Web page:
A while back, I had to get some high-end cell phones and smartphones ready to ship back to the PR departments involved. But before doing that, I had to reset them to erase any personal data I might have left on them--principally, schedules and address books sent over via Bluetooth.
But that simple chore took more research than I would have thought.
With the Nokia N93, the onscreen interface and paper manual offered no help. The term "reset" didn't even show up in the manual's index. So I had to resort to a Web search, which quickly led me to this page with the right info.
Things were easier with a Palm Treo 680--in part because I'd recently read stories about the extra steps needed to conduct a "factory reset" that would completely wipe its memory clean. Palm's tech-support site had all the instructions needed.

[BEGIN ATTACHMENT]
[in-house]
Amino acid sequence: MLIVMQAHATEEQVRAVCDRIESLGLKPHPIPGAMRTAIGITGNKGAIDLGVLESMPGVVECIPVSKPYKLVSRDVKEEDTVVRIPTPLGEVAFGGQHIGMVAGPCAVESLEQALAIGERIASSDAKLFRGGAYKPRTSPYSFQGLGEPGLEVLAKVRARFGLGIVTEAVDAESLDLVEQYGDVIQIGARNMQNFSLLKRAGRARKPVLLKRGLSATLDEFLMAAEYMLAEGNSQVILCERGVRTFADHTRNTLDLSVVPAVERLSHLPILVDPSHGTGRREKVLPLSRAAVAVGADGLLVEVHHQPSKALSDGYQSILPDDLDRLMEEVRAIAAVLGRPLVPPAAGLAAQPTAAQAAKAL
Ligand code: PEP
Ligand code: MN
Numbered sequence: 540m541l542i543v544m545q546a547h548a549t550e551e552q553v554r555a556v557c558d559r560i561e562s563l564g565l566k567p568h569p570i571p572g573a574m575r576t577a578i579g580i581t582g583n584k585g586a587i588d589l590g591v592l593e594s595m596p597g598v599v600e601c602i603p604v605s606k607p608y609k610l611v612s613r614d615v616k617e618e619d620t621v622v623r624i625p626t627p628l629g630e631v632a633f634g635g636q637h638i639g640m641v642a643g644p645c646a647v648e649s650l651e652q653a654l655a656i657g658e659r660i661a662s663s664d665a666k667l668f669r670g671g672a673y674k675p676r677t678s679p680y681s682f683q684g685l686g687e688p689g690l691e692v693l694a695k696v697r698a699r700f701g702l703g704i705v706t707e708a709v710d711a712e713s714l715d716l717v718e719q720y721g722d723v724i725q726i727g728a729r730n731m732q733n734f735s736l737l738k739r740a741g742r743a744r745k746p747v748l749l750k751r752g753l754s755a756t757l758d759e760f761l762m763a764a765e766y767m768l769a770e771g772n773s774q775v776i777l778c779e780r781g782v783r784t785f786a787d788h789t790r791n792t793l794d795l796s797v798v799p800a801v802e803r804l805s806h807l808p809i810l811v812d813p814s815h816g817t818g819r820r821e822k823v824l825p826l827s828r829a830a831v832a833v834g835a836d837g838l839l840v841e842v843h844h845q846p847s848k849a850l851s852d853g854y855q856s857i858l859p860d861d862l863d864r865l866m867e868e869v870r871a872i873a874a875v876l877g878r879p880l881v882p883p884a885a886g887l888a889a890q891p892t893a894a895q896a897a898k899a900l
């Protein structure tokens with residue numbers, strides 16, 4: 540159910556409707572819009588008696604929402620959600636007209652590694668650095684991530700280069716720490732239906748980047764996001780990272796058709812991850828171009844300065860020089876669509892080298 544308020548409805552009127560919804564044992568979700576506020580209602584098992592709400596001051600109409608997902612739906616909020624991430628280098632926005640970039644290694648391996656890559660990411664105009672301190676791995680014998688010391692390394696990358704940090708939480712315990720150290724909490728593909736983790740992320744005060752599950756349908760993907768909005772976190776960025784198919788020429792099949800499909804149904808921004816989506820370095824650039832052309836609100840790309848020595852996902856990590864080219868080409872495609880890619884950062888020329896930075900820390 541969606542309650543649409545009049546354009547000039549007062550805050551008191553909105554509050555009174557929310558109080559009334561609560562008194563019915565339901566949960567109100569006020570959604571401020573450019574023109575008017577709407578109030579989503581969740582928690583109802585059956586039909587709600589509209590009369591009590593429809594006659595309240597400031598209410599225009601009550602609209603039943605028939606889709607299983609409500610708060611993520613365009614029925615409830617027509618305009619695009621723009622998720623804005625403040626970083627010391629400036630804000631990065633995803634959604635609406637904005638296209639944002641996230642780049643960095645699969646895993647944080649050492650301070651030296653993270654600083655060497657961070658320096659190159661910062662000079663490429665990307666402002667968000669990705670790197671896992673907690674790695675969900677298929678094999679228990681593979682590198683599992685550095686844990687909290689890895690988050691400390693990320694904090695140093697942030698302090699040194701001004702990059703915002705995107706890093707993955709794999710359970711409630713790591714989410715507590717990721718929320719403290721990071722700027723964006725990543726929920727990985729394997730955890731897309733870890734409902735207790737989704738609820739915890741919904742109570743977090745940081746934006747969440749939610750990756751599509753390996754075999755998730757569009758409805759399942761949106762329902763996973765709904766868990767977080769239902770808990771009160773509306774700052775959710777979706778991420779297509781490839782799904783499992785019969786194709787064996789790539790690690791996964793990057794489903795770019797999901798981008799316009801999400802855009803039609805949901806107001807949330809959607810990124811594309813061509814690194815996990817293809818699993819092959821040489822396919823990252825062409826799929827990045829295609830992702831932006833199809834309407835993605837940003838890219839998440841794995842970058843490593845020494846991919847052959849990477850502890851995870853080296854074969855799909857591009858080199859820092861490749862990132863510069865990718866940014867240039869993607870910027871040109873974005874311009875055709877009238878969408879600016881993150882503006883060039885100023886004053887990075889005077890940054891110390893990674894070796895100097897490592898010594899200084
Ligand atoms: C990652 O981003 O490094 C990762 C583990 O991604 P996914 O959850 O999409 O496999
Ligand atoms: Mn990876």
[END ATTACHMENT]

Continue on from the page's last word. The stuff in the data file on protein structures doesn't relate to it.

Turning to the index in the manual for a Sony Ericsson K790a provided no help, but the right command was in a logical spot in the phone's onscreen menus--under the Settings category, labeled "Master Reset."
The Samsung SCH-a990 got this right; the proper command was listed in the manual's index, and the corresponding entry included info on how to erase the phone book, which you'll want to do before resetting the phone.
Any phone capable of storing personal information should make it easy to wipe that info off the phone, permanently. Identity theft is a real problem, and any phone vendor that forces users to Google for Web pages that reveal "secret codes" is doing its users a gross disservice.
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